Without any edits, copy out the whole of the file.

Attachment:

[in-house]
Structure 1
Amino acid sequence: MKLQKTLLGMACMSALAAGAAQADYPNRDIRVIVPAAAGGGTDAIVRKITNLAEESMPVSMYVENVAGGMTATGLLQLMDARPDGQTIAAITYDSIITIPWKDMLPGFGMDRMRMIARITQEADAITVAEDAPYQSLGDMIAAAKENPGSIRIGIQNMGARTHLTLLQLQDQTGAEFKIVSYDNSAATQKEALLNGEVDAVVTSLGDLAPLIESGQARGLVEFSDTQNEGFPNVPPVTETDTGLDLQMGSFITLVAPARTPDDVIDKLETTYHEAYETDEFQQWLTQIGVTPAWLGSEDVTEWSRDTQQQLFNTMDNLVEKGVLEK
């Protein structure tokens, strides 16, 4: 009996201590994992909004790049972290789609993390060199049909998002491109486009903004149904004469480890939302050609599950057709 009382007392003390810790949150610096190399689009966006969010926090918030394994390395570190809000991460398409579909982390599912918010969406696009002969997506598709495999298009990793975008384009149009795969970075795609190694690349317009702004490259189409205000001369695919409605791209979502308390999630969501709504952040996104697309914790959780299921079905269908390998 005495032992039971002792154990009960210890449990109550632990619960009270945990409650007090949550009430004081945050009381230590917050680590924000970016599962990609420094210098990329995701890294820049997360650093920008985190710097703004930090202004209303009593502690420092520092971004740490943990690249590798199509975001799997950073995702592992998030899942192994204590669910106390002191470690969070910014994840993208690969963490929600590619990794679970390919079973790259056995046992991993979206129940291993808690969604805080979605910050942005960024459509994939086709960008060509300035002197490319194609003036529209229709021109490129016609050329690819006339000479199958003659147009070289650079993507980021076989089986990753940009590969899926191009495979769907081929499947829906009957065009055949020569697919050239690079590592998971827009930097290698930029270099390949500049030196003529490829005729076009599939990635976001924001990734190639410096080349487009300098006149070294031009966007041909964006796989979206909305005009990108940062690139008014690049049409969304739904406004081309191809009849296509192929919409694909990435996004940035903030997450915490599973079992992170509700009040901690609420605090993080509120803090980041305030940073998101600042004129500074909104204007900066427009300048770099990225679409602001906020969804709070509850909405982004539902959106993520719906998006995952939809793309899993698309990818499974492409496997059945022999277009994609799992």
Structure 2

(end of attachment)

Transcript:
[in-house]
Structure 1
Amino acid sequence: MKLQKTLLGMACMSALAAGAAQADYPNRDIRVIVPAAAGGGTDAIVRKITNLAEESMPVSMYVENVAGGMTATGLLQLMDARPDGQTIAAITYDSIITIPWKDMLPGFGMDRMRMIARITQEADAITVAEDAPYQSLGDMIAAAKENPGSIRIGIQNMGARTHLTLLQLQDQTGAEFKIVSYDNSAATQKEALLNGEVDAVVTSLGDLAPLIESGQARGLVEFSDTQNEGFPNVPPVTETDTGLDLQMGSFITLVAPARTPDDVIDKLETTYHEAYETDEFQQWLTQIGVTPAWLGSEDVTEWSRDTQQQLFNTMDNLVEKGVLEK
């Protein structure tokens, strides 16, 4: 009996201590994992909004790049972290789609993390060199049909998002491109486009903004149904004469480890939302050609599950057709 009382007392003390810790949150610096190399689009966006969010926090918030394994390395570190809000991460398409579909982390599912918010969406696009002969997506598709495999298009990793975008384009149009795969970075795609190694690349317009702004490259189409205000001369695919409605791209979502308390999630969501709504952040996104697309914790959780299921079905269908390998 005495032992039971002792154990009960210890449990109550632990619960009270945990409650007090949550009430004081945050009381230590917050680590924000970016599962990609420094210098990329995701890294820049997360650093920008985190710097703004930090202004209303009593502690420092520092971004740490943990690249590798199509975001799997950073995702592992998030899942192994204590669910106390002191470690969070910014994840993208690969963490929600590619990794679970390919079973790259056995046992991993979206129940291993808690969604805080979605910050942005960024459509994939086709960008060509300035002197490319194609003036529209229709021109490129016609050329690819006339000479199958003659147009070289650079993507980021076989089986990753940009590969899926191009495979769907081929499947829906009957065009055949020569697919050239690079590592998971827009930097290698930029270099390949500049030196003529490829005729076009599939990635976001924001990734190639410096080349487009300098006149070294031009966007041909964006796989979206909305005009990108940062690139008014690049049409969304739904406004081309191809009849296509192929919409694909990435996004940035903030997450915490599973079992992170509700009040901690609420605090993080509120803090980041305030940073998101600042004129500074909104204007900066427009300048770099990225679409602001906020969804709070509850909405982004539902959106993520719906998006995952939809793309899993698309990818499974492409496997059945022999277009994609799992």
Structure 2